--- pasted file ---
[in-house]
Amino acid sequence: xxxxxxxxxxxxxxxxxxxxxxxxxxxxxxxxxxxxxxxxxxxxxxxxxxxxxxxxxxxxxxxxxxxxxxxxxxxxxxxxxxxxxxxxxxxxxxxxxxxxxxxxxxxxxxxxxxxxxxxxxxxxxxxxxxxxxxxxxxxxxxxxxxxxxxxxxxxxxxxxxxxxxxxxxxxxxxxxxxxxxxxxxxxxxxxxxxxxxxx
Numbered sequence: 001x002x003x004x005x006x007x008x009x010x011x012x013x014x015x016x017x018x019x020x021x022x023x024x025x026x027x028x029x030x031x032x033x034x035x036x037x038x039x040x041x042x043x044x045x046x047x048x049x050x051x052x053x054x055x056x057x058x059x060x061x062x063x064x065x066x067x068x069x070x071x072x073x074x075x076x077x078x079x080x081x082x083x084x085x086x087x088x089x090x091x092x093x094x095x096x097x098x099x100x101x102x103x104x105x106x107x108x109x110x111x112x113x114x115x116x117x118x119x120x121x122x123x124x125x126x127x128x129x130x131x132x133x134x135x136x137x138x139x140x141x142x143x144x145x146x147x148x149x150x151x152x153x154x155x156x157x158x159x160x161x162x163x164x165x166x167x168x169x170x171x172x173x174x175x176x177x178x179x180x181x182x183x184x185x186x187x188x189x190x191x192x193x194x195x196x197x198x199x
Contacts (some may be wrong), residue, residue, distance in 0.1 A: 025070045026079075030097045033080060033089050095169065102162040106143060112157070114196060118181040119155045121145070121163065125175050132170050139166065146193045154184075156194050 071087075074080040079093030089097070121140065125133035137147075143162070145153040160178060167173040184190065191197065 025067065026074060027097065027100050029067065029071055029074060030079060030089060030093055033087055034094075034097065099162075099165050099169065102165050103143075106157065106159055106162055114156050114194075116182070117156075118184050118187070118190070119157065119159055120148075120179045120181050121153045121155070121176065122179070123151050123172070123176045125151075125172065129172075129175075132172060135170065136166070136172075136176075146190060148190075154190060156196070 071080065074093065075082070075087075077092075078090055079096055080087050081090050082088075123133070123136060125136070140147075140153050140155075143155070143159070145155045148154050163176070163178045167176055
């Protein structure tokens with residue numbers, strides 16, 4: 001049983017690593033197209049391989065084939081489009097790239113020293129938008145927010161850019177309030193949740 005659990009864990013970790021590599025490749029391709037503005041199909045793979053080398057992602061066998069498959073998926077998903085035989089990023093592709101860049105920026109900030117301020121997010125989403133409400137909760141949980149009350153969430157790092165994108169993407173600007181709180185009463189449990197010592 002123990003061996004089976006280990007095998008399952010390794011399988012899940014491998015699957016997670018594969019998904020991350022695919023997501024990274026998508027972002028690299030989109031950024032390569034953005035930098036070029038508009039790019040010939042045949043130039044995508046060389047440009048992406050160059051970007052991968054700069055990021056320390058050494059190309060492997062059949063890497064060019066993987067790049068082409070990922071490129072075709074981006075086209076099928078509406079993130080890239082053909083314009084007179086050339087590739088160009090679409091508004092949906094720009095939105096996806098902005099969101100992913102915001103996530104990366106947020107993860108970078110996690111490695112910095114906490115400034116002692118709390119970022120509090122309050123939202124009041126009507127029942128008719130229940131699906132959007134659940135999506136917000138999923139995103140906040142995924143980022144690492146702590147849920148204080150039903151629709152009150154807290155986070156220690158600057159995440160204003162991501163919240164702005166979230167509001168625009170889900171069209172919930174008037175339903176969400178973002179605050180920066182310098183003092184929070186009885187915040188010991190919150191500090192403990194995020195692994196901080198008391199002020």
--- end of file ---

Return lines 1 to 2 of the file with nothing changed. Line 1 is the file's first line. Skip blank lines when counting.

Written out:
[in-house]
Amino acid sequence: xxxxxxxxxxxxxxxxxxxxxxxxxxxxxxxxxxxxxxxxxxxxxxxxxxxxxxxxxxxxxxxxxxxxxxxxxxxxxxxxxxxxxxxxxxxxxxxxxxxxxxxxxxxxxxxxxxxxxxxxxxxxxxxxxxxxxxxxxxxxxxxxxxxxxxxxxxxxxxxxxxxxxxxxxxxxxxxxxxxxxxxxxxxxxxxxxxxxxxx